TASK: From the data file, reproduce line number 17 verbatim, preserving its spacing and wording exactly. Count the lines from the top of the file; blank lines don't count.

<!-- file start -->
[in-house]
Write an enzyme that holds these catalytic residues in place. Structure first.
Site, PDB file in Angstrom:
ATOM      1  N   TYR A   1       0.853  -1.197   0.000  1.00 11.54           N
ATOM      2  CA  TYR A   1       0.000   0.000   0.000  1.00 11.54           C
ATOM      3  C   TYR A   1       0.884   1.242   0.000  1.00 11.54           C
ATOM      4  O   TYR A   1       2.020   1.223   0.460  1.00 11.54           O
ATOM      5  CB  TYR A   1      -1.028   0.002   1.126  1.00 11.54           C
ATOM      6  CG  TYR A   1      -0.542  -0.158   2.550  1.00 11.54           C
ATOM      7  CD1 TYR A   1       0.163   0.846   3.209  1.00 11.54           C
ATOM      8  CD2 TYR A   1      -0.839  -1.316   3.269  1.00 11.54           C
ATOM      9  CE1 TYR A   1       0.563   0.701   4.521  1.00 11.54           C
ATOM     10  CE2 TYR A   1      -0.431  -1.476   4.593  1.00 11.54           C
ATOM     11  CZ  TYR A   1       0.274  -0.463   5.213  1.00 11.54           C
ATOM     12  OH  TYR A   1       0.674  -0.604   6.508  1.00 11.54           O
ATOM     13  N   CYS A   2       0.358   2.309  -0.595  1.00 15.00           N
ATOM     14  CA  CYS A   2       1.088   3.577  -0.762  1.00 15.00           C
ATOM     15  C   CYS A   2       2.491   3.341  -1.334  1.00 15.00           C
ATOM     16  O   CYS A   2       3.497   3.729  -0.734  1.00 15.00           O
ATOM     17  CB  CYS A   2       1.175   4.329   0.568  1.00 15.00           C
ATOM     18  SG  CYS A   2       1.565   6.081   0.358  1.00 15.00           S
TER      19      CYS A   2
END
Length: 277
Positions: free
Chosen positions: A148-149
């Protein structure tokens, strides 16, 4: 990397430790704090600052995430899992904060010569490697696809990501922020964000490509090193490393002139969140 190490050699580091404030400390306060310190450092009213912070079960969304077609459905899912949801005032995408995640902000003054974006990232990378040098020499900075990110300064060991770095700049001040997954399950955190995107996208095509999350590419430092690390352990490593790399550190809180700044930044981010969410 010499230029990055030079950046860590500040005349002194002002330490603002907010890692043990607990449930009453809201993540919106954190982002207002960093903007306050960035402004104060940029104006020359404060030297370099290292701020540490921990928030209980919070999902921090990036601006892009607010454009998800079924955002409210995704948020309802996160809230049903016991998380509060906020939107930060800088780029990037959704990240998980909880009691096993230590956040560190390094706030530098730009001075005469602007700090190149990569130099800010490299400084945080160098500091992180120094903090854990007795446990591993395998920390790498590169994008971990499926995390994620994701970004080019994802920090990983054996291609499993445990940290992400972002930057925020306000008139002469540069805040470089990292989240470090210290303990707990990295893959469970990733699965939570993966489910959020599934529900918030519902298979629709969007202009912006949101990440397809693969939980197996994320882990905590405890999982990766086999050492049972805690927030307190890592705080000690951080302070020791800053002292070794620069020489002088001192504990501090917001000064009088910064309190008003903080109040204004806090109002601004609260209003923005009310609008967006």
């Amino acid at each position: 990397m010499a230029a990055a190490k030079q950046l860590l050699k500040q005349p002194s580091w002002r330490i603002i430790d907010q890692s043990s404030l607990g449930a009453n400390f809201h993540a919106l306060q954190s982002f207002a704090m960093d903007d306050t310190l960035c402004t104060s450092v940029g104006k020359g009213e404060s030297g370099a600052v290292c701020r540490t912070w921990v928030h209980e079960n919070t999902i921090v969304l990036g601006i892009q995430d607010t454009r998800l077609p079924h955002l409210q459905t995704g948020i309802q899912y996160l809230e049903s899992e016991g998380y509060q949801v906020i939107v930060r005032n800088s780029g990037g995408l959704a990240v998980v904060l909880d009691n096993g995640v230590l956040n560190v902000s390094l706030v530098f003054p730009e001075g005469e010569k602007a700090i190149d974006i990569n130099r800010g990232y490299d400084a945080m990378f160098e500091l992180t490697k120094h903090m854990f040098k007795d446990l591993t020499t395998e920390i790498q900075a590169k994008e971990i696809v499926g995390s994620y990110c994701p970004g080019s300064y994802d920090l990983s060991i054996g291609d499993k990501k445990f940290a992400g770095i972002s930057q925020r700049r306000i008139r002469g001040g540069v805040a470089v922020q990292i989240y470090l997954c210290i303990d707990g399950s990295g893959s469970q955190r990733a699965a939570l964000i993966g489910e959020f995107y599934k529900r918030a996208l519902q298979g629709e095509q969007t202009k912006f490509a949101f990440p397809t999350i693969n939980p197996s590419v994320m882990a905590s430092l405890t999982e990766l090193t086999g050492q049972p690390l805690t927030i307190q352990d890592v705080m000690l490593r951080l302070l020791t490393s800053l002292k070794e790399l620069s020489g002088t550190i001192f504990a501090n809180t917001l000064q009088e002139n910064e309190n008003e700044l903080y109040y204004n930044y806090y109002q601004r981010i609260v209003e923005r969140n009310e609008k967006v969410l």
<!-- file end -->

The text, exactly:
ATOM     14  CA  CYS A   2       1.088   3.577  -0.762  1.00 15.00           C